She added, “I think also they can learn a lot about courage, I think courage is really contagious. They can learn about the wonders of the universe. There is so much out there, and in 50 years of space exploration, we have learned a lot, but we really know almost nothing. It’s just a place for never-ending, open-ended opportunities and possibilities.” You can read my Q-and-A with Morgan here at spokesman.com, and listen to audio from the full interview here.
The four female astronauts currently on the International Space Station, clockwise from lower right: Dorothy Metcalf-Lindenburger, Stephanie Wilson, Tracy Caldwell Dyson, and Naoko Yamazaki pose for a photo in the Cupola while space shuttle Discovery remains docked with the station Wednesday. (AP Photo/NASA)
#1 After being over-served too many drinks from a downtown establishment, the conversation with the smart women started to make my head spin. couergenx
#2 Men are from Mars, Women are from where ever they happen to land!!!! formerlysandpoint
#3 Being unable to amicably decide who was going to sit behind who for the picture, the ladies determined they would all sit in front. CharlesDixon
Item: Online program connects Idaho students, NASA/Betsy Z. Russell, S-R
More Info: Bright, advanced Idaho high school juniors can now compete to get into a new science and math online class and summer academy offered in partnership with NASA - in part by impressing a local state legislator. Or, perhaps, just knowing one. “We would like to get state lawmakers involved in this, in endorsing students from their legislative district,” said Idaho Department of Education spokeswoman Melissa McGrath. “Legislators would be involved in the review of applications and helping to select the students … they’d have a big role in choosing which student goes.”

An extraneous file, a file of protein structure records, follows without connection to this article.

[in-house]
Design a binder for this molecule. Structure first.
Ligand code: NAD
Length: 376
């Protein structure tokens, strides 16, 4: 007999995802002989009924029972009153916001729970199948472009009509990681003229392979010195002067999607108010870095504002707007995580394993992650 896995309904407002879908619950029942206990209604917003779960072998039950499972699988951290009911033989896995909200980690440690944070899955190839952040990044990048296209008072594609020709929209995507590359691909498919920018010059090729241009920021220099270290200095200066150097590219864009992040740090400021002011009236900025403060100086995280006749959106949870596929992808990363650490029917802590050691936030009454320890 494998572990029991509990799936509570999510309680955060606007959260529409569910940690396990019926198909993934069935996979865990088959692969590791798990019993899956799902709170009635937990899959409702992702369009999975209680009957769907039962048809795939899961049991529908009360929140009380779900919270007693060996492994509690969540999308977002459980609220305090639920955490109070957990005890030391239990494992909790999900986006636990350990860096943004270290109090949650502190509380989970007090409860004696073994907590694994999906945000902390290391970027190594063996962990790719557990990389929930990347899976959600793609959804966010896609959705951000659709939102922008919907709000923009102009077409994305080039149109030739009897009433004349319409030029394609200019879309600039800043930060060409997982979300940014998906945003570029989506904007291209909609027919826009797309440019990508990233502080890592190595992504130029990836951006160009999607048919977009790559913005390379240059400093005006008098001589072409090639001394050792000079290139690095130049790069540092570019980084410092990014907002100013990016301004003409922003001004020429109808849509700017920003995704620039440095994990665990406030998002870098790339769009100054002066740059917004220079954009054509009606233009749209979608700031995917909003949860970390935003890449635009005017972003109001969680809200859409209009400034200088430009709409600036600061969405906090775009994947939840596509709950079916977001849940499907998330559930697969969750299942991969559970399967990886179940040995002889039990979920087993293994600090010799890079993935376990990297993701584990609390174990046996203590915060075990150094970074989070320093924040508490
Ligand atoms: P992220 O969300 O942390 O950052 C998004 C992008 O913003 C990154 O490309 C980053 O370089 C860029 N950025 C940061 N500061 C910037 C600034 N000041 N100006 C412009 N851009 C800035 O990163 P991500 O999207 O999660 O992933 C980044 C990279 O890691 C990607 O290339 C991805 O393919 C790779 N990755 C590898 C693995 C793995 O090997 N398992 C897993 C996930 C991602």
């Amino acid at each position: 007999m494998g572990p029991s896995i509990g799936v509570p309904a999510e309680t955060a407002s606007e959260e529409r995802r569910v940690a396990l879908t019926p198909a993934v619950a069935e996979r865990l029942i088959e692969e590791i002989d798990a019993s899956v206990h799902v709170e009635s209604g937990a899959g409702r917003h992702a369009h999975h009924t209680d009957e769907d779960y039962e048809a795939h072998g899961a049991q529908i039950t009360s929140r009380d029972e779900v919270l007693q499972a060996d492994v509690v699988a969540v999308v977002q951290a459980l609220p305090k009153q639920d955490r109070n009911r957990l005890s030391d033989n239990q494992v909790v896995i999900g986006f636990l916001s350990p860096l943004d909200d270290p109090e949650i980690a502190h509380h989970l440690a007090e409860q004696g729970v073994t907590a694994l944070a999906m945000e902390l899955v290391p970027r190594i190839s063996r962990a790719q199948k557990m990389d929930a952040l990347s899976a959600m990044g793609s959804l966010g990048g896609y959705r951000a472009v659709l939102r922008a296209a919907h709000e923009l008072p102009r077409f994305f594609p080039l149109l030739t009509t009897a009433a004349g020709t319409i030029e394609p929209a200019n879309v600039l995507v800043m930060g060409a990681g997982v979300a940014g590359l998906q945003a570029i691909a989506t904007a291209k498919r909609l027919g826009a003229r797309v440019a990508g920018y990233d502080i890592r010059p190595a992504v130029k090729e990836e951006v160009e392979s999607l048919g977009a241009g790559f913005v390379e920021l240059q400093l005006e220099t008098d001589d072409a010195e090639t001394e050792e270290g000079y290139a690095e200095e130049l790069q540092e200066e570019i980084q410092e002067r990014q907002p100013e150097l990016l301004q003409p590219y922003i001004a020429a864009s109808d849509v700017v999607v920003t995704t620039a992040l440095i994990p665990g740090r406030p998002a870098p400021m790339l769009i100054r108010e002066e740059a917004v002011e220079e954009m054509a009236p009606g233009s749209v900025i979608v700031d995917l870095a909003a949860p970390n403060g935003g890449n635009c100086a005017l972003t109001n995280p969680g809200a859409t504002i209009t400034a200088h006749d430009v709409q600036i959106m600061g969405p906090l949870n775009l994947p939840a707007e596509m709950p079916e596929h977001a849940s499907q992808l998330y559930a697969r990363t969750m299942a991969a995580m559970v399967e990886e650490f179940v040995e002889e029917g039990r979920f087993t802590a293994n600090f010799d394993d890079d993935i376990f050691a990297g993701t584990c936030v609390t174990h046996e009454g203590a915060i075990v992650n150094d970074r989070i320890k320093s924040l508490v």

Question: Is this a good role for elected lawmakers?
Bright, advanced Idaho high school juniors can now compete to get into a new online science and math course offered in partnership with NASA - in part by impressing a local state legislator. Or, perhaps, just knowing one. “We would like to get state lawmakers involved in this, in endorsing students from their legislative district,” said Idaho Department of Education spokeswoman Melissa McGrath. “Legislators would be involved in the review of applications and helping to select the students. … they’d have a big role in choosing which student goes.” You can read my full story here in today’s Spokesman-Review.
State Superintendent of Schools Tom Luna joined astronaut Barbara Morgan, now a distinguished educator in residence at Boise State University, to announce the new program Thursday. It’s modeled after a similar, award-winning program in Texas; there’s also one in Virginia, making Idaho the third state to launch a “Science and Aerospace Scholars Program.” Both Texas and Virginia also involve state lawmakers in “endorsing” kids for the program. McGrath said, “The goal is to get legislators involved in this program and more involved in their local school districts and the public education system, by seeing what students are doing, what their goals are, what they’re working toward. … Also, these students are representatives of Idaho when they go to the summer academy, so we think it’s important to have our local elected officials involved.”